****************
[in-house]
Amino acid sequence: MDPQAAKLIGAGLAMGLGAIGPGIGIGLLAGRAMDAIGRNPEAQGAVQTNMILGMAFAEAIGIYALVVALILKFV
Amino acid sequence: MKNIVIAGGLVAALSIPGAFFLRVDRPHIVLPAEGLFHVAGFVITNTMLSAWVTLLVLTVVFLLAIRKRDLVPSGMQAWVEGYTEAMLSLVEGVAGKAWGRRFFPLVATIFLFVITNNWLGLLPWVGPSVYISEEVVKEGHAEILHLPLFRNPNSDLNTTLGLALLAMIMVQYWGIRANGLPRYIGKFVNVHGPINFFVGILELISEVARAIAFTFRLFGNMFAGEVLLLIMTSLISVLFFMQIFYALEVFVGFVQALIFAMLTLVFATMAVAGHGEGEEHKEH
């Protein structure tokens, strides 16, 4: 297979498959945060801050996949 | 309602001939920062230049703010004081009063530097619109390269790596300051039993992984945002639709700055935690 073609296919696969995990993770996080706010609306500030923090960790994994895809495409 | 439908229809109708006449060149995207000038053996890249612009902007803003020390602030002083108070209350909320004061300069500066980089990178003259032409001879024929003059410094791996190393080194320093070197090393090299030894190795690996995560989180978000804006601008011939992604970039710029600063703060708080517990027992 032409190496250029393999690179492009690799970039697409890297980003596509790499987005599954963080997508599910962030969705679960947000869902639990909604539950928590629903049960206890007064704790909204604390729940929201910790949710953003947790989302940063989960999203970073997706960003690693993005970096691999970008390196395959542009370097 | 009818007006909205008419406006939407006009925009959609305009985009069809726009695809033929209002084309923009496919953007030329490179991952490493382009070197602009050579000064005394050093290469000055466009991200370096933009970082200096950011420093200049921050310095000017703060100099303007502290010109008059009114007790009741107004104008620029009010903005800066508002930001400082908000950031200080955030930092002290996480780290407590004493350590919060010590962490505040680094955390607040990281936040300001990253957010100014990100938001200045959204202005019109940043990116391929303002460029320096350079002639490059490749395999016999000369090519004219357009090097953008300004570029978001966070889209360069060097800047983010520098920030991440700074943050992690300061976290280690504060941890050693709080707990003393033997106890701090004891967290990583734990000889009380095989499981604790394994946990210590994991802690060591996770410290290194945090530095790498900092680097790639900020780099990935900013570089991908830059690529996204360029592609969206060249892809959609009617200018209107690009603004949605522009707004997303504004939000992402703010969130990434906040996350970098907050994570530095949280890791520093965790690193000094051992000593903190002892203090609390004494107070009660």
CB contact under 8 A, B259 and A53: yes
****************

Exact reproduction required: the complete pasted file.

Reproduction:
[in-house]
Amino acid sequence: MDPQAAKLIGAGLAMGLGAIGPGIGIGLLAGRAMDAIGRNPEAQGAVQTNMILGMAFAEAIGIYALVVALILKFV
Amino acid sequence: MKNIVIAGGLVAALSIPGAFFLRVDRPHIVLPAEGLFHVAGFVITNTMLSAWVTLLVLTVVFLLAIRKRDLVPSGMQAWVEGYTEAMLSLVEGVAGKAWGRRFFPLVATIFLFVITNNWLGLLPWVGPSVYISEEVVKEGHAEILHLPLFRNPNSDLNTTLGLALLAMIMVQYWGIRANGLPRYIGKFVNVHGPINFFVGILELISEVARAIAFTFRLFGNMFAGEVLLLIMTSLISVLFFMQIFYALEVFVGFVQALIFAMLTLVFATMAVAGHGEGEEHKEH
């Protein structure tokens, strides 16, 4: 297979498959945060801050996949 | 309602001939920062230049703010004081009063530097619109390269790596300051039993992984945002639709700055935690 073609296919696969995990993770996080706010609306500030923090960790994994895809495409 | 439908229809109708006449060149995207000038053996890249612009902007803003020390602030002083108070209350909320004061300069500066980089990178003259032409001879024929003059410094791996190393080194320093070197090393090299030894190795690996995560989180978000804006601008011939992604970039710029600063703060708080517990027992 032409190496250029393999690179492009690799970039697409890297980003596509790499987005599954963080997508599910962030969705679960947000869902639990909604539950928590629903049960206890007064704790909204604390729940929201910790949710953003947790989302940063989960999203970073997706960003690693993005970096691999970008390196395959542009370097 | 009818007006909205008419406006939407006009925009959609305009985009069809726009695809033929209002084309923009496919953007030329490179991952490493382009070197602009050579000064005394050093290469000055466009991200370096933009970082200096950011420093200049921050310095000017703060100099303007502290010109008059009114007790009741107004104008620029009010903005800066508002930001400082908000950031200080955030930092002290996480780290407590004493350590919060010590962490505040680094955390607040990281936040300001990253957010100014990100938001200045959204202005019109940043990116391929303002460029320096350079002639490059490749395999016999000369090519004219357009090097953008300004570029978001966070889209360069060097800047983010520098920030991440700074943050992690300061976290280690504060941890050693709080707990003393033997106890701090004891967290990583734990000889009380095989499981604790394994946990210590994991802690060591996770410290290194945090530095790498900092680097790639900020780099990935900013570089991908830059690529996204360029592609969206060249892809959609009617200018209107690009603004949605522009707004997303504004939000992402703010969130990434906040996350970098907050994570530095949280890791520093965790690193000094051992000593903190002892203090609390004494107070009660």
CB contact under 8 A, B259 and A53: yes